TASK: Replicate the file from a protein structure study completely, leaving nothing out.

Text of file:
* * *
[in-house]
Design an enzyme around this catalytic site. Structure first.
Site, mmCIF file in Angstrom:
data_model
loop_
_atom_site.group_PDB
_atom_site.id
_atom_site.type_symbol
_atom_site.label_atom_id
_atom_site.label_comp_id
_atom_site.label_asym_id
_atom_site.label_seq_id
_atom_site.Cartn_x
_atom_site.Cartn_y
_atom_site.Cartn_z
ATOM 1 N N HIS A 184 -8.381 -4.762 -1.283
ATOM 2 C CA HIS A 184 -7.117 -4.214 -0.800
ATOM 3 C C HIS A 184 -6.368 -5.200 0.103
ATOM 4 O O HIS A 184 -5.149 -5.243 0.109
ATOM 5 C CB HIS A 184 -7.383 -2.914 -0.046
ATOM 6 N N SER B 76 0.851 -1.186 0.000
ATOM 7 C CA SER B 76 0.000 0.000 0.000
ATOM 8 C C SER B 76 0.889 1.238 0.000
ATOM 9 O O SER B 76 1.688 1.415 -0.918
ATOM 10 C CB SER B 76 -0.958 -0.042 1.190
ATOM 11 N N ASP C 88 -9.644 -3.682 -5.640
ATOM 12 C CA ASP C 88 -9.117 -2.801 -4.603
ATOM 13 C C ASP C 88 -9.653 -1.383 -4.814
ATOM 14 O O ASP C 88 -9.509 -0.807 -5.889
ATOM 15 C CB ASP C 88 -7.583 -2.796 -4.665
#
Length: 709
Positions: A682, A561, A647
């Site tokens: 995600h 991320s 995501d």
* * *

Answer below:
[in-house]
Design an enzyme around this catalytic site. Structure first.
Site, mmCIF file in Angstrom:
data_model
loop_
_atom_site.group_PDB
_atom_site.id
_atom_site.type_symbol
_atom_site.label_atom_id
_atom_site.label_comp_id
_atom_site.label_asym_id
_atom_site.label_seq_id
_atom_site.Cartn_x
_atom_site.Cartn_y
_atom_site.Cartn_z
ATOM 1 N N HIS A 184 -8.381 -4.762 -1.283
ATOM 2 C CA HIS A 184 -7.117 -4.214 -0.800
ATOM 3 C C HIS A 184 -6.368 -5.200 0.103
ATOM 4 O O HIS A 184 -5.149 -5.243 0.109
ATOM 5 C CB HIS A 184 -7.383 -2.914 -0.046
ATOM 6 N N SER B 76 0.851 -1.186 0.000
ATOM 7 C CA SER B 76 0.000 0.000 0.000
ATOM 8 C C SER B 76 0.889 1.238 0.000
ATOM 9 O O SER B 76 1.688 1.415 -0.918
ATOM 10 C CB SER B 76 -0.958 -0.042 1.190
ATOM 11 N N ASP C 88 -9.644 -3.682 -5.640
ATOM 12 C CA ASP C 88 -9.117 -2.801 -4.603
ATOM 13 C C ASP C 88 -9.653 -1.383 -4.814
ATOM 14 O O ASP C 88 -9.509 -0.807 -5.889
ATOM 15 C CB ASP C 88 -7.583 -2.796 -4.665
#
Length: 709
Positions: A682, A561, A647
């Site tokens: 995600h 991320s 995501d």